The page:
Town Hall Meeting addresses important issues for UF Law students
Curriculum reform, hot food and comfortable study areas were a few of the main topics addressed in this semester’s Town Hall Meeting last week, hosted by UF Law’s John Marshall Bar Association.
The meeting, which has been held each semester since fall 2009, is intended to allow UF Law administrators and students to have direct communication while addressing student concerns, raising new questions and fostering a healthy and productive discussion about how to improve the law school.
The panel consisted of Dean Robert Jerry, Associate Dean for Student Affairs Rachel Inman, Associate Dean for Administrative and Fiscal Affairs Debra Staats and Senior Associate Dean for Academic Affairs Alyson Flournoy.
Jerry began the meeting by addressing the changing world of legal education and looking at what UF Law is doing to keep up with those changes.
“We have, for about two years now, been working on curriculum reforms here at the law school and in the fall of ’12, the 1Ls will have some changes to the curriculum,” Jerry said.
He pointed out that UF Law has already been a leader in legal skills with the mandatory legal drafting class for second-year students.
He also discussed the difficult job market and pointed out that the Center for Career Development has a new assistant dean — Pascale Bishop — and the staff and program have been completely revamped.
“We are working hard to try to ramp up our support for you in that job search and I hope you will take advantage of the services we offer,” Jerry said.
Next, Inman relayed the results of a survey regarding new food options in the cafeteria. She said 440 students and 99 faculty and staff members participated in the Survey Monkey survey.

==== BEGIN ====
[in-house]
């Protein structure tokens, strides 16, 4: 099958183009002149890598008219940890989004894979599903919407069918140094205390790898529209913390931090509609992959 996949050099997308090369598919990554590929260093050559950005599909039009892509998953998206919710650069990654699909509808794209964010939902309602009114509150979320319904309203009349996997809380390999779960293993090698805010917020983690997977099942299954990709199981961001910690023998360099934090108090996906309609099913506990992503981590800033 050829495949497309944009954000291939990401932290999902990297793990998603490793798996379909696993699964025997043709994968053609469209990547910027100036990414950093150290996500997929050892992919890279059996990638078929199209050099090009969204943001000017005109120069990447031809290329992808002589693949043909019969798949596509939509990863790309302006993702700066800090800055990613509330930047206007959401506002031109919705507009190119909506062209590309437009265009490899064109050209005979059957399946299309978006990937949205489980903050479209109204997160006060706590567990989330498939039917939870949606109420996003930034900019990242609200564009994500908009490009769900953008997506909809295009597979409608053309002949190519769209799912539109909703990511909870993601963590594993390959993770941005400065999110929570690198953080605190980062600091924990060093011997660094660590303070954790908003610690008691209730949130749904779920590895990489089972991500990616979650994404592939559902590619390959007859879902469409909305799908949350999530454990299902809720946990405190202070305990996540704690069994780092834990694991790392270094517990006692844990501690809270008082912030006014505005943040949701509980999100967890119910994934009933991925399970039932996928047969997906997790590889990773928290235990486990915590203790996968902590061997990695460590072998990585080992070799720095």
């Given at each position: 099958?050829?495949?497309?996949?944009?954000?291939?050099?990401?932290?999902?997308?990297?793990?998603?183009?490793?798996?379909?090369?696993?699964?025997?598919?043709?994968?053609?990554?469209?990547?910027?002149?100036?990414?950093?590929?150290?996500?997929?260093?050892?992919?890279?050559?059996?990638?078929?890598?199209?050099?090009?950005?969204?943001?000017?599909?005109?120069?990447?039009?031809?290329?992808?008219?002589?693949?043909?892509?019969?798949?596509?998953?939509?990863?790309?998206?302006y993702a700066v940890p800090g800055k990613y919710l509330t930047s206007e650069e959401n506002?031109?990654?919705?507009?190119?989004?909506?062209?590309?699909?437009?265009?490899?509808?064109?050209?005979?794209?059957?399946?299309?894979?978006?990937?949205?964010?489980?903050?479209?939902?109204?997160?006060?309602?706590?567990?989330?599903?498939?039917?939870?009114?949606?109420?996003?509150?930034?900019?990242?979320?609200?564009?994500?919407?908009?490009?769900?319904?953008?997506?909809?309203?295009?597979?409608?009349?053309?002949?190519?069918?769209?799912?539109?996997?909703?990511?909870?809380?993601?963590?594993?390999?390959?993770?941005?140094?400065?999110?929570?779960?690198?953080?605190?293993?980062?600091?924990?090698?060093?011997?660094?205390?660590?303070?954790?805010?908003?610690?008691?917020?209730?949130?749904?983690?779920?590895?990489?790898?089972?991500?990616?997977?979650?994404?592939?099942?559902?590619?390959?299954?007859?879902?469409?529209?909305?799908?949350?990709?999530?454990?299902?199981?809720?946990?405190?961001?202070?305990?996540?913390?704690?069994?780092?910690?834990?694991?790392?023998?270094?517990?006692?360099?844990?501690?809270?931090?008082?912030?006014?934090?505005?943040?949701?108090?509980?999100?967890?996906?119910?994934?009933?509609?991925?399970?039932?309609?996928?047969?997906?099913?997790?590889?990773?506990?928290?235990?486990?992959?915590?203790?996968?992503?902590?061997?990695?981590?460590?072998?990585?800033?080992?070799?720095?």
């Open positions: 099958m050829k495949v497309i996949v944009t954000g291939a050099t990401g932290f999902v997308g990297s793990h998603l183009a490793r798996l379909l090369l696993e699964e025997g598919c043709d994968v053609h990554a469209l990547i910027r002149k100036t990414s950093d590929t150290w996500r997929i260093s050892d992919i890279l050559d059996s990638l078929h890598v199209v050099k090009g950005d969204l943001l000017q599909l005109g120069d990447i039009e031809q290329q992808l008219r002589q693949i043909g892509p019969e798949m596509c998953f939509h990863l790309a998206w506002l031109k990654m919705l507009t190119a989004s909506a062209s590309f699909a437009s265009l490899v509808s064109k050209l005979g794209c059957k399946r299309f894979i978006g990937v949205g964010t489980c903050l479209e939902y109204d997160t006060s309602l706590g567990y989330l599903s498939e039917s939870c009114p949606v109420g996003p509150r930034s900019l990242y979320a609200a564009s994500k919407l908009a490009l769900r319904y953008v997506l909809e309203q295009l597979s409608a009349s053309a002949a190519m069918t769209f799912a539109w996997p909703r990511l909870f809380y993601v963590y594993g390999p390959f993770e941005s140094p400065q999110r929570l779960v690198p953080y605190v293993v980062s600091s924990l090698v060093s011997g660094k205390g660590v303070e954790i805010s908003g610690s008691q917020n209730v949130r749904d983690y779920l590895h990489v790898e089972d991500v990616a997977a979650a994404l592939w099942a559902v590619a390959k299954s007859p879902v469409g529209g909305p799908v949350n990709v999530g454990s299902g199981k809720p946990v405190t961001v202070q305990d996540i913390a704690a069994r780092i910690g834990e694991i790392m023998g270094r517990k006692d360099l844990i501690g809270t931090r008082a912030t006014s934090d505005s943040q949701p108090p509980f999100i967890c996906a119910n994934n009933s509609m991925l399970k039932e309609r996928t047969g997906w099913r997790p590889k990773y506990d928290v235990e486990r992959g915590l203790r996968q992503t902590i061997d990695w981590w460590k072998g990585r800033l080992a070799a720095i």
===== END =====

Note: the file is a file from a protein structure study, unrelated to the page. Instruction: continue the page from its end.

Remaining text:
The results showed that 86.8 percent of participating students chose Wednesday as their top day to have an alternate food option available at the law school; the second choice was Tuesday. For faculty and staff, the top choice was Tuesday and the second choice was Monday. The top pick by students for food was Pollo Tropical — followed by Subway — while faculty and staff chose Chili’s, also followed by Subway.
“When you return the week of Jan. 7, as the survey mentioned, our goal is to have an online ordering process,” Inman said. “You can order and pay online … that day, and then the food will be delivered at a specific time and you will come to a particular place and pick it up.”
Inman said the new system will be tried out at the beginning of the semester, then send out another survey to see how it can be improved or refined. All current food options in the cafeteria will still be available.
Staats and Flournoy addressed facilities and curriculum questions, respectively.
Staats said the administration is looking into adding a card-swipe option to the second-floor entrance to Bruton-Geer Hall since it is used more frequently by students now that the lockers are there. The process has been cost-prohibitive in the past because the door is a non-standard size and the glass would have to be replaced, but she will look into it again.
She said another popular question brought up by students is whether they could get an additional electric outlet in the cubby desks in the library. Staats said it is not possible because the building is “already maxed out as far as the amount of electricity we have going in it.”
In response to curricular questions, Flournoy said the strategic planning committee is “just beginning to look at skills in the upper level.” She also said the school’s grading curve policy will be clarified on the website in the future.
Finally, Jerry addressed distracting noise and overcrowding in the library.
“The bottom line is we absolutely want you to have a comfortable space to do your studies all the time the library is available and we’re trying to make sure it’s available at times when you need it,” he said.
UF Law students and Elizabeth Outler, associate director of the Legal Information Center, also got involved in the conversation.
Several students complained that much of the noise and overcrowding in the library is a result of undergraduate students who come to the law library to study.
Jerry said access to the law library cannot be restricted, but measures were discussed on how to minimize distractions and overcrowding.
The meeting closed with a round of questions from students. Topics addressed included the possibility of extending the reading period at the end of the semester, scheduling conflicts in class offerings and criteria for admitting transfer students.